I Know, I Know, I Know...

I know, I know, I know.

I've been feeling really disloyal to this page, which was the first of my many internet pages, leaving it unattended for such a long time. It used to be that I made a couple of entries here a day--though sometimes I wrote a little too readily back then, and should have practised a little more self-censorship.

But I've not been flirting with another woman, so to speak. In fact, I've been doing very little, except working. Getting up in the frozen dark of pre-dawn, trundling off twelve miles on the bus, shooting my wad (again, so to speak) for 8 or 12 hours depending on my shift, trying to do a decent job in exchange for my wage, coming home again to drink wine and go to sleep early for the next early rise.

I've written a couple of poems (posted on my MySpace page), but nothing stellar. I come damn near sometimes to forgetting I am a poet--which perhaps says more about me and my lack of dedication than the circumstances I'm in. To remind myself I read Ezra Pound on the bus in the morning. Nobody lived with a more single-minded purpose than old Ezra.

Anyway, the business of looking for a new place to live is out of the way, and I've got three weeks holiday coming up after three o'clock tomorrow, with nothing much to do except make the final preparations for my move on March 1st; so maybe the Poet will have a chance to stake his ground again in that extra breathing space I'll have.

We'll see, as your parents used to say when you suggested something they didn't want to do.


tom said…
it would be nice to have a life like splake and be able to devote all of your time to writing - but, most of us have to work or balance other things in our lives that always to get in the way.

so you get to box up and write on your holiday. we are on our way north tomorrow into the land of the long white and will probably see tom long enough to say hello -

hey, splake, if you are reading this greetings - say hi to jikiwe and jack!
Bruce Hodder said…
Short white hits us tonight. Temperature crashing as we speak, and six-to-ten inches of snow expected to fall in a few hours around dawn. When, incidentally, I'll be out in my boots waiting to catch a bus to work for the last shift before the holiday. But I don't mind. I love snow--we get it so rarely here--and I like a bit of chaos every now and then too. If I have to stand out for a while stamping my feet to stay warm while snow falls over the long rolling green I can see from the bus stop, I'll be a damn sight happier than I will putting on the kettle at work in readiness for another day at the office, I'll be a happy--if cold--little poet.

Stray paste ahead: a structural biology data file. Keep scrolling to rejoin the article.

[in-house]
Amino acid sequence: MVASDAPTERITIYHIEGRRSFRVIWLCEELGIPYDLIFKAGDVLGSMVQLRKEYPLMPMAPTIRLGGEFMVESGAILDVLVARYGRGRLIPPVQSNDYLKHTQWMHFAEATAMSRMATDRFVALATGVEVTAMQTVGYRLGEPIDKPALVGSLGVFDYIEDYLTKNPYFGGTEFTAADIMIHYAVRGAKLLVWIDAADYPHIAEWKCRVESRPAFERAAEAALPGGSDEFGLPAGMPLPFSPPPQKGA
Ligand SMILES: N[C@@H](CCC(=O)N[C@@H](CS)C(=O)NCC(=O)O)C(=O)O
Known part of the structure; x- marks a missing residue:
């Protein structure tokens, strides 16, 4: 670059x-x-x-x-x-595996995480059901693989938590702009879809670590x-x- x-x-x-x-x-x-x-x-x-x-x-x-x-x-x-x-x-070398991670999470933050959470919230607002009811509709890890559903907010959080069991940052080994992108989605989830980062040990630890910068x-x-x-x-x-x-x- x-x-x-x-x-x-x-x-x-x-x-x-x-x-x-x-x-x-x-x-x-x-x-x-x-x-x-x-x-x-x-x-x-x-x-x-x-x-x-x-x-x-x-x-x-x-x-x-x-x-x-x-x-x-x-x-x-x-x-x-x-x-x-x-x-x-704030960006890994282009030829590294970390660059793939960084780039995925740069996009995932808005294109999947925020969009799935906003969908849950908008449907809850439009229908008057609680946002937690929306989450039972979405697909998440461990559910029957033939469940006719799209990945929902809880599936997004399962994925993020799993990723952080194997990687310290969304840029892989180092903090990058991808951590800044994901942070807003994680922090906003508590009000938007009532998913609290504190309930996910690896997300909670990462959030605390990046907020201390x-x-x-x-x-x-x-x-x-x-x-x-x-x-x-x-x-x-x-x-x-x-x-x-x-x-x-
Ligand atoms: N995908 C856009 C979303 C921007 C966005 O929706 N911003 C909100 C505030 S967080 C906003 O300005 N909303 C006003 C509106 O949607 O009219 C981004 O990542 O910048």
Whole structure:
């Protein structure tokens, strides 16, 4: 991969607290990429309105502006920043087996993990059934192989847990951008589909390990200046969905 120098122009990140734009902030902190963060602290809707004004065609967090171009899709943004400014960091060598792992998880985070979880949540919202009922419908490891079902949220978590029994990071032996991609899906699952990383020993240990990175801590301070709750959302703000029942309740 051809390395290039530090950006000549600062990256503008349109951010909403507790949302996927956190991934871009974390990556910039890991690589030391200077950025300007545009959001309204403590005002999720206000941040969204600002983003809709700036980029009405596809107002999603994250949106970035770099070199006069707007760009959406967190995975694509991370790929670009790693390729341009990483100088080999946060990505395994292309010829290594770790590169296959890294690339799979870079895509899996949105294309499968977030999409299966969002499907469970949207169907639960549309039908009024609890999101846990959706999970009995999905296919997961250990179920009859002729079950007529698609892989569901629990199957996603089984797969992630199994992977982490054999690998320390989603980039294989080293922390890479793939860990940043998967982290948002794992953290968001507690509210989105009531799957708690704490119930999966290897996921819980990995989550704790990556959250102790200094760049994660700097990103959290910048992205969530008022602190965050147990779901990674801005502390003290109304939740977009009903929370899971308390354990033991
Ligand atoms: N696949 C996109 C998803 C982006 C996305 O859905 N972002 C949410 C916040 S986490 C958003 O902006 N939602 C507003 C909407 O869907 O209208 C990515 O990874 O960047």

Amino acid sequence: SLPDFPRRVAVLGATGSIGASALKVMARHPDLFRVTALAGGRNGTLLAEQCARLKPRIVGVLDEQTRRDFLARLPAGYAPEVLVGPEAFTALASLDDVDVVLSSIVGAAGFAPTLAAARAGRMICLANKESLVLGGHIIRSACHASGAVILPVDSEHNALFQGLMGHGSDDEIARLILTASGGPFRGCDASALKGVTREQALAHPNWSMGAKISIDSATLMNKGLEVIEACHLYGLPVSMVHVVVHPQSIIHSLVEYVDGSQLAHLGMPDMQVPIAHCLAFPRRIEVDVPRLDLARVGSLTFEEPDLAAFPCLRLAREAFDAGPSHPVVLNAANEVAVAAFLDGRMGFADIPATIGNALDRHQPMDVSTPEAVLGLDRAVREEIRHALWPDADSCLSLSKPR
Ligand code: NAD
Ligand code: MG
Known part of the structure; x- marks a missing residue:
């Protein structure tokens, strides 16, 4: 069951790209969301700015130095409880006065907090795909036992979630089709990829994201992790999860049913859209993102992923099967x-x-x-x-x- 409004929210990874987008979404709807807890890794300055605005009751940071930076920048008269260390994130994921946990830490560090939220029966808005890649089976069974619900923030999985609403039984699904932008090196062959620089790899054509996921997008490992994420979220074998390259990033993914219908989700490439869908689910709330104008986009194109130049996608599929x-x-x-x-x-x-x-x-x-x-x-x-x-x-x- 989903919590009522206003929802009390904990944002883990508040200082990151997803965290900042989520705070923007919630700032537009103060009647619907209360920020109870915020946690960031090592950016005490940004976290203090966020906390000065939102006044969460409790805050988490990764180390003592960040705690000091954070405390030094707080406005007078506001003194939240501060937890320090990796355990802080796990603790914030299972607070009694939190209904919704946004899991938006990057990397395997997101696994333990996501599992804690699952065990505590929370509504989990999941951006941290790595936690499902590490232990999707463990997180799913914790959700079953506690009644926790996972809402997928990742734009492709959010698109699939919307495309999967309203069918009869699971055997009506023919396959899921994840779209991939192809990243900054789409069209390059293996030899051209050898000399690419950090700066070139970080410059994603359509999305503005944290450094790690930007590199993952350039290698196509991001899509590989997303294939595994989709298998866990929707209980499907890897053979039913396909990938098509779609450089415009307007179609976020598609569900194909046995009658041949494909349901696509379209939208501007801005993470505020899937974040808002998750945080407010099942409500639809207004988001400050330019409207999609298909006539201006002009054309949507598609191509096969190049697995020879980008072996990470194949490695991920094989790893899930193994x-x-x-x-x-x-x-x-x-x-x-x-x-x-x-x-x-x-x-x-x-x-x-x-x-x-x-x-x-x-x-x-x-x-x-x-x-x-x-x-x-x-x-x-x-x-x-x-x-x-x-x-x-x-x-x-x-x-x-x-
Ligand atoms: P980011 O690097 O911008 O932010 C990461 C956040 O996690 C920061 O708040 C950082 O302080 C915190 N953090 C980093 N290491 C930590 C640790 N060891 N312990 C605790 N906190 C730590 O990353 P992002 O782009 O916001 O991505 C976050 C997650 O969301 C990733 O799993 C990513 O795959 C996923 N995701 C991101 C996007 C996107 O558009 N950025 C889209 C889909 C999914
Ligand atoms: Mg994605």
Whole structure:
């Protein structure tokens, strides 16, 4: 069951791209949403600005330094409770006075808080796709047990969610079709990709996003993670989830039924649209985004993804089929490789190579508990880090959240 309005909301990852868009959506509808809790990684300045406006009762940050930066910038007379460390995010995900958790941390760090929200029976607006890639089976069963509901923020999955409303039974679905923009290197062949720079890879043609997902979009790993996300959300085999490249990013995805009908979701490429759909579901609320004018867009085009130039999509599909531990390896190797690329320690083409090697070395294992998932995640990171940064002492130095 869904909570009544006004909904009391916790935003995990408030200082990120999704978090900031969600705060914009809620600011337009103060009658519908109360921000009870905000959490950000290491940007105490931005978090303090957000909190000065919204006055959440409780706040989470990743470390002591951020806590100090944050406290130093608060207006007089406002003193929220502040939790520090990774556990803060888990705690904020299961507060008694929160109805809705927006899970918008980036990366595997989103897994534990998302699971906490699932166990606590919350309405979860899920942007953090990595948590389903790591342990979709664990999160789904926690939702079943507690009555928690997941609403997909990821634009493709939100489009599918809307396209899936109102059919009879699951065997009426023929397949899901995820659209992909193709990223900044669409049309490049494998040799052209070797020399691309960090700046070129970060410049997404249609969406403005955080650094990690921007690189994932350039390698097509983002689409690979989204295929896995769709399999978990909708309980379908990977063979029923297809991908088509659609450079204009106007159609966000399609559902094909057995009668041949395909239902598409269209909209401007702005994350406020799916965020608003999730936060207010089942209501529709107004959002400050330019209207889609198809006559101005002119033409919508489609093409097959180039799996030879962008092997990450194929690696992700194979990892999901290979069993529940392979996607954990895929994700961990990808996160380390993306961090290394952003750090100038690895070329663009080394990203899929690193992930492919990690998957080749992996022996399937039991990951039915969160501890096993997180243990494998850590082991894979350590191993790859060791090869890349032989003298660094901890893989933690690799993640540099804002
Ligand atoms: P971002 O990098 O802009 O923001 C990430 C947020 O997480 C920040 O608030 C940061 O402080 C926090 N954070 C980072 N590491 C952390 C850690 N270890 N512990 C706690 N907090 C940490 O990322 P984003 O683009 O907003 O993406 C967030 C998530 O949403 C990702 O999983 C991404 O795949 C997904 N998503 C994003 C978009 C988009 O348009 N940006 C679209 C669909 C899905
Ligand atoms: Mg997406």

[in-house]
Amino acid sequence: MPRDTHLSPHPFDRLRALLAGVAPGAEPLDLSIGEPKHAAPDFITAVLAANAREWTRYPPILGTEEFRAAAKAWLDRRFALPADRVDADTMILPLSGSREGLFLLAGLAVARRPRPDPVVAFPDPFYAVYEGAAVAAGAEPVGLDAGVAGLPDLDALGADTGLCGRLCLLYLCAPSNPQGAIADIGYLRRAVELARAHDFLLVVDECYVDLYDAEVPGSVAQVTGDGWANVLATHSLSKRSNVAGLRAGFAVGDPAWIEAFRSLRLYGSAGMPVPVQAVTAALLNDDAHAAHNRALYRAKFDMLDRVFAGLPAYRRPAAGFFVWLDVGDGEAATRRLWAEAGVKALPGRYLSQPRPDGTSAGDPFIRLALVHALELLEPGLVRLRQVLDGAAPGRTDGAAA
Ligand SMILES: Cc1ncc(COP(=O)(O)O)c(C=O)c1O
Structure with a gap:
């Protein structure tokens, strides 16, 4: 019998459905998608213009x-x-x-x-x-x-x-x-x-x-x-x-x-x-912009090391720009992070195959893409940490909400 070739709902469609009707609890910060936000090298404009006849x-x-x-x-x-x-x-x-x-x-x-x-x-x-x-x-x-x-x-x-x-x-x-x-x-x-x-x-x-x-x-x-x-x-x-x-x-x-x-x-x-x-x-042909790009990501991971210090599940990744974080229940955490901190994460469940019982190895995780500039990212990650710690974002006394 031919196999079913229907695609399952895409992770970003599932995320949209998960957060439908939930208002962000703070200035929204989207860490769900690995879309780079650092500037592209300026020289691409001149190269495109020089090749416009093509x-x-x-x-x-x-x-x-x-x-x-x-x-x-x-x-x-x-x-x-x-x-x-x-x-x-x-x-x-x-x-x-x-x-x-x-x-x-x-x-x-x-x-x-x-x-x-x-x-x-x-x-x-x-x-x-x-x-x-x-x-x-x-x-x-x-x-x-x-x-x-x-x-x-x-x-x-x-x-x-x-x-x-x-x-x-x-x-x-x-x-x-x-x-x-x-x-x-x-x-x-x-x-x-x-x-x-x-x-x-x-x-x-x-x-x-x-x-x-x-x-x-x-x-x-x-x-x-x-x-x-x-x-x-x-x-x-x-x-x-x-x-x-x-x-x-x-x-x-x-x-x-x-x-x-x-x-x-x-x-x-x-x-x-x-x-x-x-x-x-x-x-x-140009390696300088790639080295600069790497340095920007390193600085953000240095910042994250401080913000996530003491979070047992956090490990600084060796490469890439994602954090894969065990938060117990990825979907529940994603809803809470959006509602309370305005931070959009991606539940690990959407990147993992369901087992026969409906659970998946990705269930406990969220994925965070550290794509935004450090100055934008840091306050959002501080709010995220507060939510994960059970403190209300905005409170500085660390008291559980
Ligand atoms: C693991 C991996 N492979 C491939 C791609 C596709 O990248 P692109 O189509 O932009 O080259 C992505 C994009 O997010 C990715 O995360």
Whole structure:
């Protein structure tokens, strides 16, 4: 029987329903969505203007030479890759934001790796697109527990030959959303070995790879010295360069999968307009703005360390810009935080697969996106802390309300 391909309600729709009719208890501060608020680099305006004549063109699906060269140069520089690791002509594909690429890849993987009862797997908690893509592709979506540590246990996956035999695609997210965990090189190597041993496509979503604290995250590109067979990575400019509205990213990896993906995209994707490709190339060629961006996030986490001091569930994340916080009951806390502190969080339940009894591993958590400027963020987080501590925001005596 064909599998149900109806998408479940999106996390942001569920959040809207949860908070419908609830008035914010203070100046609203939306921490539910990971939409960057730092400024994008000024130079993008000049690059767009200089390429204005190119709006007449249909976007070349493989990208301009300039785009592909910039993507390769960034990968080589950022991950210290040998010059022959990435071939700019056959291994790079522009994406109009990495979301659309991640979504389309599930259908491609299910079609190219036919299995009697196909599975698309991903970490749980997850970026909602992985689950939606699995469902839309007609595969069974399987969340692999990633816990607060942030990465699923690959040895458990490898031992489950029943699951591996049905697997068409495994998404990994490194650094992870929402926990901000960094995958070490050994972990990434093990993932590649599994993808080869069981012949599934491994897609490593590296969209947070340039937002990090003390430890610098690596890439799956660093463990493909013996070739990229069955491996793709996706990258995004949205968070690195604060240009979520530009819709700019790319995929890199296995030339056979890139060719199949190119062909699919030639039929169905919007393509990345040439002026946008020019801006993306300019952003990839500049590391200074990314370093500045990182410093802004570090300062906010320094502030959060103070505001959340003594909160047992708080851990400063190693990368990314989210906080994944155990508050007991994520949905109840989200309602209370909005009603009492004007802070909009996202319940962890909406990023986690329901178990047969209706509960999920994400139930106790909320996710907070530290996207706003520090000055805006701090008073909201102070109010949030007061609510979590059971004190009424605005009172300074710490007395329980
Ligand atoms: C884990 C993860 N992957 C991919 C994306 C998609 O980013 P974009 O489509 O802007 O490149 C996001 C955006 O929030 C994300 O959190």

Yeah, splake does have the archetypal poet's life--though I'm not sure I'd be any more productive with his lifestyle than I am with mine. Presently I can talk myself into periods of extremely concentrated effort and get a few nice things done sometimes. I drifted and refused to work for ten years after I dropped out of college and wrote absolutely nothing worth a rabbit turd.

Have a safe journey through the frozen wilds, Tom. Snow brings mystery to everything.
Anonymous said…
Three weeks holiday, huh? I'm hoping to get some time off in about April, not far away, now.

You watch out for those letter bombs going off everywhere.
Bruce Hodder said…
I do think it's insane that good poets have to work for a living--especially in your case, given that your bookshop probably carries a lot of authors who aren't fit to carry your coffee. The Lottery ought to reserve some of its charity money for the support of poets, writers and artists, providing the interesting ones with fat cheques so they can quit work and concentrate on their art. A thriving arts scene does contribute to the moral well-being of its society, after all, however unfashionable the notion is these days: the major poetry and prose publishers produce NOTHING of any worth anymore, and the radios are full of mass-produced garbage, and anyone who watches art movies is dismissed as a snob...and look where the world is (I'm not saying the correlation is absolute, but it doesn't help.)

The literary grants and funds are worthless, decided by middling academics and timid mainstream career men and given to people who will never write an interesting word in their lives.
Anonymous said…
You do see a lot of crappy books go through the store. And you think, "Jesus, is that stuff really better than mine?" And deep down you know it isn't. It's frustrating.